Maryland child has died from the flu, state health officials confirm

Maryland officials have reported the state's first flu-related child death of the season.

The Maryland Department of Health would not confirmed the age or location of child, but this comes amid one of the worst flu epidemics in recent history. Health officials are holding more clinics and pharmacies are staying open late to administer flu shots.

In Northeast D.C., Safeway held a free flu shot clinic Tuesday night where they saw lines out the door. The doctor there told FOX 5 they don't normally hold clinics this late in the season because by this point, flu cases begin tapering off. This year, the epidemic is still surging. Health experts say only about 60 percent of children typically get the flu shot and only 40 percent of adults get it.

"We have heard a lot about flu season being very rampant and unfortunately the deaths and illnesses associated with it," explained Olamide Banjo, the patient care services manager at Safeway. "And so we figured the best thing to do would be to partner with our community and offer free flu shots for those who can't afford them."

According to the Centers for Disease Control, the flu has left more than 1,500 adults and 53 children dead nationwide.

In the state of Maryland, there have so far been more than 100 adult flu deaths, and one pediatric flu death, according to the Maryland Department of Health.

Many people wonder how the flu could become deadly in otherwise healthy people.

"It's very sad to hear," explained Dr. Areo Nazari with CaryRx, an independent pharmacy and delivery service in Washington D.C. "It's a reminder that it can happen at any time to anyone. But in general, it is more likely to happen to someone with a suppressed immune system. We want to remind everyone to always seek every preventative measure possible. And that includes most importantly, the flu shot. Make sure your child is vaccinated. Make sure you are vaccinated. And if you see any signs or symptoms of the flu such as generalized pain, coughing, sneezing - anything more severe than a cold like a high-grade fever above 102 [degrees], seek health care immediately. Do not wait."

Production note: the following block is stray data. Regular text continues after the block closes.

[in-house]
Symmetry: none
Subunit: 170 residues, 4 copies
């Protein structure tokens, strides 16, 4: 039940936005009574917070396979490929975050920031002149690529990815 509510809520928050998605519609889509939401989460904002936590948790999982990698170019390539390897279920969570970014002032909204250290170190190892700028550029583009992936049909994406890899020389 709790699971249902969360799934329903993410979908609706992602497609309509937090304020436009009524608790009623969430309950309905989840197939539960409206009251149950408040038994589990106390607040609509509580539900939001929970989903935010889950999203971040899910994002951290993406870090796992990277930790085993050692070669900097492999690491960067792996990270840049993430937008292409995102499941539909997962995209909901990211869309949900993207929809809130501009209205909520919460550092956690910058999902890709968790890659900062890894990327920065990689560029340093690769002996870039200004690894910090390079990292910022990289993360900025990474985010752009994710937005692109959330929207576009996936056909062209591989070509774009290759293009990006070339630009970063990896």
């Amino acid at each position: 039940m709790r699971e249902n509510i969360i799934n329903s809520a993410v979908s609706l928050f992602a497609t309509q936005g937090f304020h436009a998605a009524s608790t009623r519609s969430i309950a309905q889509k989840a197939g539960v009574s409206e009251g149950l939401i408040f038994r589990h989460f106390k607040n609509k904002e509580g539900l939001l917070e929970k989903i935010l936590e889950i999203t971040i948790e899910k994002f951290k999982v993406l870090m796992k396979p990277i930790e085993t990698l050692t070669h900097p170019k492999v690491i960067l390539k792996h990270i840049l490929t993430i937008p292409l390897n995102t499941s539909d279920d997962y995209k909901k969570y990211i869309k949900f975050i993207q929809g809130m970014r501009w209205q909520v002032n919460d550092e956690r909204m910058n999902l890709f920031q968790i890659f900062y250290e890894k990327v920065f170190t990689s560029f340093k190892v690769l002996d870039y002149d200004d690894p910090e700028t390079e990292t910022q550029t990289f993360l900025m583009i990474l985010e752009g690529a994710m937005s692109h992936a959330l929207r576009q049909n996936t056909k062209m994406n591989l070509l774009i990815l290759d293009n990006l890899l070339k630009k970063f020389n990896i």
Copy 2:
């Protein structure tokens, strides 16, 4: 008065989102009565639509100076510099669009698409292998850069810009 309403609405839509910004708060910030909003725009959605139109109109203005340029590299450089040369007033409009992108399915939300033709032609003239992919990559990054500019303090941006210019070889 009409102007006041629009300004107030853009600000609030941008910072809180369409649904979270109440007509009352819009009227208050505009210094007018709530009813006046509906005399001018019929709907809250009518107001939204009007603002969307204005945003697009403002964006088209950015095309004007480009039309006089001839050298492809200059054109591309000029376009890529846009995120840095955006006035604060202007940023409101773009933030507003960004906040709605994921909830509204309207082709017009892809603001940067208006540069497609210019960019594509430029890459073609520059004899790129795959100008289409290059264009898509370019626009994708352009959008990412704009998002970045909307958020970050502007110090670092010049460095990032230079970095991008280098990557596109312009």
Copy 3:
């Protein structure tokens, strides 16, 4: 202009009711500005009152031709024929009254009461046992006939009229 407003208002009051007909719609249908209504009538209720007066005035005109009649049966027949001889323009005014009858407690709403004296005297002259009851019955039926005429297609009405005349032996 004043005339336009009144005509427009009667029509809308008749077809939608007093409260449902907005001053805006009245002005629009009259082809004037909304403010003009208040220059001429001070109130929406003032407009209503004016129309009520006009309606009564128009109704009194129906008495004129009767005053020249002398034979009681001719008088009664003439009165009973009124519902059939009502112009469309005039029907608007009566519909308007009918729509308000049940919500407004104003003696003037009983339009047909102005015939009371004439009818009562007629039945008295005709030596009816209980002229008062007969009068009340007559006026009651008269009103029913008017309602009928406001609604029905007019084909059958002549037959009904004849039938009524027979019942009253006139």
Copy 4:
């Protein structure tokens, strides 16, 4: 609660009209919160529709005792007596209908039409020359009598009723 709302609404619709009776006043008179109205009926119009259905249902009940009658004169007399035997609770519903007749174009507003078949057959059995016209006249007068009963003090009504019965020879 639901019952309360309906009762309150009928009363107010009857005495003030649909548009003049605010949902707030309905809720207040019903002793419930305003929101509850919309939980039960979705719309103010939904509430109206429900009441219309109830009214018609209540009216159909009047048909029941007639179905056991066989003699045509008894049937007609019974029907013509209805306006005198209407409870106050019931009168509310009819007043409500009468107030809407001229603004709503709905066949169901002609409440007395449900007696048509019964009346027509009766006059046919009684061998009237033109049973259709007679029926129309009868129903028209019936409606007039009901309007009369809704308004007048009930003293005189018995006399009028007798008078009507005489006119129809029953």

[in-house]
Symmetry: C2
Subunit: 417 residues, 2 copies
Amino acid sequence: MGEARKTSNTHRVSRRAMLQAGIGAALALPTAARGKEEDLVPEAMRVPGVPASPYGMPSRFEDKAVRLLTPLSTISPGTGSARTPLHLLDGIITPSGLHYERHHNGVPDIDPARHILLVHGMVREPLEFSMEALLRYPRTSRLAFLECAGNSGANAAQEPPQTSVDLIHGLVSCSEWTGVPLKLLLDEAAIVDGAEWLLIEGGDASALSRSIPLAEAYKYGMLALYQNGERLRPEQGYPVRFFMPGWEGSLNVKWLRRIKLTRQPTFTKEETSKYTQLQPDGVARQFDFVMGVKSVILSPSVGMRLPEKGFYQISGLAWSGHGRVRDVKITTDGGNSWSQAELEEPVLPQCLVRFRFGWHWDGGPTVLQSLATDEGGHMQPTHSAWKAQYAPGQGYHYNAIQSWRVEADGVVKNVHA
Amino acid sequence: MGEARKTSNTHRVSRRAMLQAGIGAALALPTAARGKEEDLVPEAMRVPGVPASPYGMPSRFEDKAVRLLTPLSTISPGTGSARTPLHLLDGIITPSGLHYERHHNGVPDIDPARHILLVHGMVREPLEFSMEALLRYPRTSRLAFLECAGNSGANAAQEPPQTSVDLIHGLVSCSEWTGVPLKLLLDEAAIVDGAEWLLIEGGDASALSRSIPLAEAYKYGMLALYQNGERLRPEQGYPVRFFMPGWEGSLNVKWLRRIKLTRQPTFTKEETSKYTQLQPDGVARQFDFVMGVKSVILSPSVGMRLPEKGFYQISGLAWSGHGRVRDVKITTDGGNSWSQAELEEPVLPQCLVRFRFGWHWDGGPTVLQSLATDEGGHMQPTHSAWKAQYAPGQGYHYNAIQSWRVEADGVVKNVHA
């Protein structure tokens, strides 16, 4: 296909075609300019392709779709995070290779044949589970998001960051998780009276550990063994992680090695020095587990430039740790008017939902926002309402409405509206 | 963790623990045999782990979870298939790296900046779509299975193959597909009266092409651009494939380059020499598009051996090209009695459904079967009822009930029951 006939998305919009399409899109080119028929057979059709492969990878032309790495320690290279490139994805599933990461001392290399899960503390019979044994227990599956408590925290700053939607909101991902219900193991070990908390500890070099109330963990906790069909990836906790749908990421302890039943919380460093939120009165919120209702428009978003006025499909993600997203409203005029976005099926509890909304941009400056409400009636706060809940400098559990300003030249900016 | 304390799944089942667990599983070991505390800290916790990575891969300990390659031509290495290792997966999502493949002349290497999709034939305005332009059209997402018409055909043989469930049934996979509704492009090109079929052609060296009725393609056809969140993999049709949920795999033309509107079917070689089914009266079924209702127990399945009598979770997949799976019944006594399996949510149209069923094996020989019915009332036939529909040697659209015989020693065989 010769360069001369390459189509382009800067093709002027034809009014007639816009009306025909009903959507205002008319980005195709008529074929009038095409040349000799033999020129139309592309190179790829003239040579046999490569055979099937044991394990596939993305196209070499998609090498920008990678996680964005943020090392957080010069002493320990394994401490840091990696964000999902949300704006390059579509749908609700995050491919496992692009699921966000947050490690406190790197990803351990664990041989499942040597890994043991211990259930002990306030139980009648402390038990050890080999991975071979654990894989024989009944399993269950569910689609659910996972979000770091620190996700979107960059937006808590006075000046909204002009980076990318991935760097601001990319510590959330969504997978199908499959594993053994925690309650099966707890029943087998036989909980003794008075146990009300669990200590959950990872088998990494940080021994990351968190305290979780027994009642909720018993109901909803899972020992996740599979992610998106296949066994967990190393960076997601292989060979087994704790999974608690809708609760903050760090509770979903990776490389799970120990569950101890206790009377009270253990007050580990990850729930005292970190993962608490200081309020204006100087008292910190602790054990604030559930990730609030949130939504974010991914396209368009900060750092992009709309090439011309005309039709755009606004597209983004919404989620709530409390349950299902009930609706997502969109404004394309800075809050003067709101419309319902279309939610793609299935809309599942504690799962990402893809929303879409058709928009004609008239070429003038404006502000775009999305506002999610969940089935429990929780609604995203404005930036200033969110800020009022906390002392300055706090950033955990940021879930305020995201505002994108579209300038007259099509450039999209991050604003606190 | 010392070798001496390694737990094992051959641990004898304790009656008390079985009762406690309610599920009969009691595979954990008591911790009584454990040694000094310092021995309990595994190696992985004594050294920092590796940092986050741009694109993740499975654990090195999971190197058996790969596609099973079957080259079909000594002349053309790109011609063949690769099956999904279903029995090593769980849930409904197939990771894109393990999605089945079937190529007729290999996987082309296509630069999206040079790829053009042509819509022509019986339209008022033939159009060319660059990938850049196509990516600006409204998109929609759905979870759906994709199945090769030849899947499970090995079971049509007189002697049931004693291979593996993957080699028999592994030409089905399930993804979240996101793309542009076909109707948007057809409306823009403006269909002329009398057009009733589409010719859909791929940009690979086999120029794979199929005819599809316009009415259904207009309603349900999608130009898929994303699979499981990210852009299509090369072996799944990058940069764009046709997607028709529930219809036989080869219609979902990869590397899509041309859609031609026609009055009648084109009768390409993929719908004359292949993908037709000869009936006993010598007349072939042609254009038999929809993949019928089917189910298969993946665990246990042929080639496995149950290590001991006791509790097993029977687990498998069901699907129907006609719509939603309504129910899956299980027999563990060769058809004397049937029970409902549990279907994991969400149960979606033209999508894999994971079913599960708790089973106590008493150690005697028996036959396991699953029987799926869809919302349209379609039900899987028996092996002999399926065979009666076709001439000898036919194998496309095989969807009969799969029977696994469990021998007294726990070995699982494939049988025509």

Maryland public health officials say there has been a detected increase in flu activity in the state since mid-late December and are warning the public to take measures to prevent the flu, especially by getting a flu shot.

Maryland has an Internet-based Maryland Resident Influenza Tracking Survey (MRITS), which is used to continue tracking cases of the flu and add to the Department of Health's existing flu surveillance by monitoring influenza-like illnesses among residents who might not seek medical care.